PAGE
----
Floating in a tranquil sea of aqua water, my body raised to the sun, I knew I’d made the right choice. When my friend finally coaxed me to shore, I sat under the palms and watched 5-foot-long iguanas roam the park like pets while I sipped on a cold cocktail.
We were in Puerto Rico, a place my travel partner had fallen in love with just before Hurricane Maria’s devastating visit in 2017. He had been anxious to go back to see how the Caribbean island was doing. Ever frugal, I could not resist the $350 airfare from Minneapolis-St. Paul, picturing myself on a beach just as snow flurries would be landing on my balcony back home.
Making our way to the island, we felt a twinge of guilt and relief as we flew in and out of Atlanta, where just days before the airport had canceled hundreds of flights in response to Hurricane Florence’s devastating sweep through the Carolinas. Heading to San Juan, we had hopes for a little sun on clean beaches and no stormy surprises.
Our timing couldn’t have been better, with summer visitors having returned home and others fearing travel during the risky storm season. We ended up alone on white-sand beaches under cloudless blue skies, feeling that we had cheated the weather and the tourism gods.
The island is so casual that you can get by with just a few changes of clothes. Pride and resilience were on display everywhere on this first anniversary of Maria’s punishing visit. Enormous banners proclaiming “Puerto Rico Fuerza” (Strong) hung from buildings in modern downtown San Juan.
We opted to stay in the old city, just to the east. That was the magic choice for our tastes. Old San Juan has cobbled streets, picturesque plazas and narrow alleyways that form a grid between the port, where almost daily dockings of cruise ships drop off hundreds of passengers for shopping and sightseeing, and Castillo San Felipe del Morro, the ancient castle and stone walls that protected Puerto Rico’s shores from pirates and conquistadors for centuries.
El Morro is a fascinating several-hour walking adventure around the border of Old San Juan. You’re greeted along the sea promenade by cats — hundreds of cats, feral but healthy, tended to by a nonprofit that maintains food stations and even arranges adoptions. These “gatos del Morro” nap under the shrubs and warm themselves in the sun, blending into the shoreline rocks in their coats of many colors. Along the walk, the history of the fort and its rising walls is palpable.
Tasting the tropical food was high on our list. First up: mofongo, an heirloom dish with African roots that the Puerto Ricans have adapted to be their own. Its base is cornmeal-like mashed green plantain, flavored with garlic and crowned with your choice of meats or seafood and a range of spicy sauces. Tostones, or fried plantains, come on the side like French fries, with tantalizing dipping sauces.
Our best meal was at the ultramodern restaurant Ladi’s in Old San Juan, famous for its seafood and pasta (yet priced under $20 an entree) and tucked into the cliffside overlooking the Atlantic. Outside Ladi’s is a captivating photo history of Puerto Rico, a wall display that can deliver centuries of information in a half-hour as it tells the island’s ancient story.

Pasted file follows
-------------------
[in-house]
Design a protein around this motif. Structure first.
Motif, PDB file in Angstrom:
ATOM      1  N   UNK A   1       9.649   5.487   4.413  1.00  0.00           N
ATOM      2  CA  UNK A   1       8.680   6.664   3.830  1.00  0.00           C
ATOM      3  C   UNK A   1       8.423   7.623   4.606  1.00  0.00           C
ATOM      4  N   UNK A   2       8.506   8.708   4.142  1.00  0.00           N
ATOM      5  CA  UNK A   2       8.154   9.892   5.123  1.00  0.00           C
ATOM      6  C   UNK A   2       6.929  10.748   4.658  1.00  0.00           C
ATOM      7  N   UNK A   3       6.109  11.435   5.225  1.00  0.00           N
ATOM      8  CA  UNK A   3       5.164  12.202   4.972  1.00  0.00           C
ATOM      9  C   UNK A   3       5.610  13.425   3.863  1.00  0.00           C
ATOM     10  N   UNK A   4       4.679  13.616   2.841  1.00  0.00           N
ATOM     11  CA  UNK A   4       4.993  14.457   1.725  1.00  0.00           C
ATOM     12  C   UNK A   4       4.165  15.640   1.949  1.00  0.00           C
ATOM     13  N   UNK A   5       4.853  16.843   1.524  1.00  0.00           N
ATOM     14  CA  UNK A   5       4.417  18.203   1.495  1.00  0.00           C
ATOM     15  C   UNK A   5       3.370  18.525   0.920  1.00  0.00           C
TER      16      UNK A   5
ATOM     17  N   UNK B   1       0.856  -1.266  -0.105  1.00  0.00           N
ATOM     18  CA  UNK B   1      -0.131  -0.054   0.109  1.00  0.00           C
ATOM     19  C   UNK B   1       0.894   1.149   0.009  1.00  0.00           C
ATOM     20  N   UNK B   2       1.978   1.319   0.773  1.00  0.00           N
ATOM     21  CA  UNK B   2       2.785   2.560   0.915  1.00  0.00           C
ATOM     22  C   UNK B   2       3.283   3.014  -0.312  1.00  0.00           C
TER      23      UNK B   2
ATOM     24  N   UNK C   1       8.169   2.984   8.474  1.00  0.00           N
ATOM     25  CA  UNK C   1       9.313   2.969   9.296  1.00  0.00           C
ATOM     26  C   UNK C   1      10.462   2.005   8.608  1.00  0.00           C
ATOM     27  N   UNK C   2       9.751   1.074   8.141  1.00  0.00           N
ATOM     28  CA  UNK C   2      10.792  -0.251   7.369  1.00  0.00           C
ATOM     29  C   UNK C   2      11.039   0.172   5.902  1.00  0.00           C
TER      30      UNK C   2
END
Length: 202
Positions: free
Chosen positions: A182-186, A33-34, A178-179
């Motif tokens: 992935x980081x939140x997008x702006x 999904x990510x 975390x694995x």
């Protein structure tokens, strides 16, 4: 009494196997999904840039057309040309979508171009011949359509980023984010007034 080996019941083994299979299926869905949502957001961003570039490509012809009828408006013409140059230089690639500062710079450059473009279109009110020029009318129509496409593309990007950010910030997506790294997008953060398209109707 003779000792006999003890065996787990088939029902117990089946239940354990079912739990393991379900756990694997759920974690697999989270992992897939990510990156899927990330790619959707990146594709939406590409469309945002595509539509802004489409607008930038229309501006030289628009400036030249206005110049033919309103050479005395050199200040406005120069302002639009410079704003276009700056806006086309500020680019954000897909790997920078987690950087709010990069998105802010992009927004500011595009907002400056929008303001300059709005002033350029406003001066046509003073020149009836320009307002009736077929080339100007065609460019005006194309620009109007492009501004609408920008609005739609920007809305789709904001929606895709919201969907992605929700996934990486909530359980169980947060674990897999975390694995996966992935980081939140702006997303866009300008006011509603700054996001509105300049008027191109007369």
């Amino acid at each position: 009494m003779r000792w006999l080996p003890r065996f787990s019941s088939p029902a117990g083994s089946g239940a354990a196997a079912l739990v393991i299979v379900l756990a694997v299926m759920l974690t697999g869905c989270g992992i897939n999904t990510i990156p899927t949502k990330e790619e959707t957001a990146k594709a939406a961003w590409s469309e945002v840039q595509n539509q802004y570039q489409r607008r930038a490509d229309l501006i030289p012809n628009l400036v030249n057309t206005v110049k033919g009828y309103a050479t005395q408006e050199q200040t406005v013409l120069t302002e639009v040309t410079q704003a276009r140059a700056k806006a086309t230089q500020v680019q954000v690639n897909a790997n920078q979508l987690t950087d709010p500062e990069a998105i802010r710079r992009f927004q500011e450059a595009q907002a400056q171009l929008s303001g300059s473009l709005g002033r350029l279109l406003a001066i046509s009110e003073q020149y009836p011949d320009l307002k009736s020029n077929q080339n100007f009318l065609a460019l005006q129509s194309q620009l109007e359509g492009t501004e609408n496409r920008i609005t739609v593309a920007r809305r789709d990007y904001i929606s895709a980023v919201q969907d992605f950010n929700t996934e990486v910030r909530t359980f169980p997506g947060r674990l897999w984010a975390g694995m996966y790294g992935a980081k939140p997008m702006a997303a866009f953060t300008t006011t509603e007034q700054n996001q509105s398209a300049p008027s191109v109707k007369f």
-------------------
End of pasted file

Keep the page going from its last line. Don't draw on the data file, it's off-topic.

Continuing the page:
Beyond San Juan
Day trips abound, and you’ll have to make hard choices if you’re on a short trip, as we were. Our selection was an all-day excursion to Culebra Island (culebraislandadventures.com), a short ferry ride to the east, for an adventure of snorkeling with sea turtles on a once-plentiful coral reef. Maria’s powerful winds wreaked havoc on the islet, where signs of rebuilding are still everywhere, and the storm also swept away much of the fragile reefs below the sea surface. The turtles are now tagged and tracked for their protection.
Flamenco Beach is the jewel of Culebra, with sparkling turquoise water at chest-high depths for a hundred yards out. Barely a dozen people dotted the long beach during our visit. A wiry man scampered up coconut palms and fashioned drinks with his machete.
Back on the mainland
A popular destination on the mainland’s western end is Crash Boat Beach, named for the many rescues of pilots from now-closed Ramey Air Force Base. A solitary swimmer was our only company as we enjoyed the half-mile stretch of sand and calm waters.
We also hiked for several hours around Cueva del Indio, where a towering statue of Christopher Columbus gazes across the Atlantic over tidal pools, boulder fields and cavernous cutouts of ancient rock. An attendant at an informal tent collects $10 for as long as you want to explore the area. He even has a stash of sneakers for those who arrive in flip-flops ill-equipped for the hike.
As for lodging, it’s as plentiful as it is personal, ranging from the Ponce Hilton and other ritzy resorts to quaint and charming guesthouses in Old San Juan. We chose the Casablanca (hotelcasablancapr.com), a delightful, sunny, modernized place that’s been around for more than 100 years and offers oversized soaking tubs on the rooftop. Our concierge armed us with a week’s worth of eating, touring and shopping options, and all lived up to their promise.
All told, we spent about $700 each (airfare, lodging, car, meals, excursions) for four fall days in sunny Puerto Rico: the perfect antidote to coming back to that first dusting of Minnesota snow.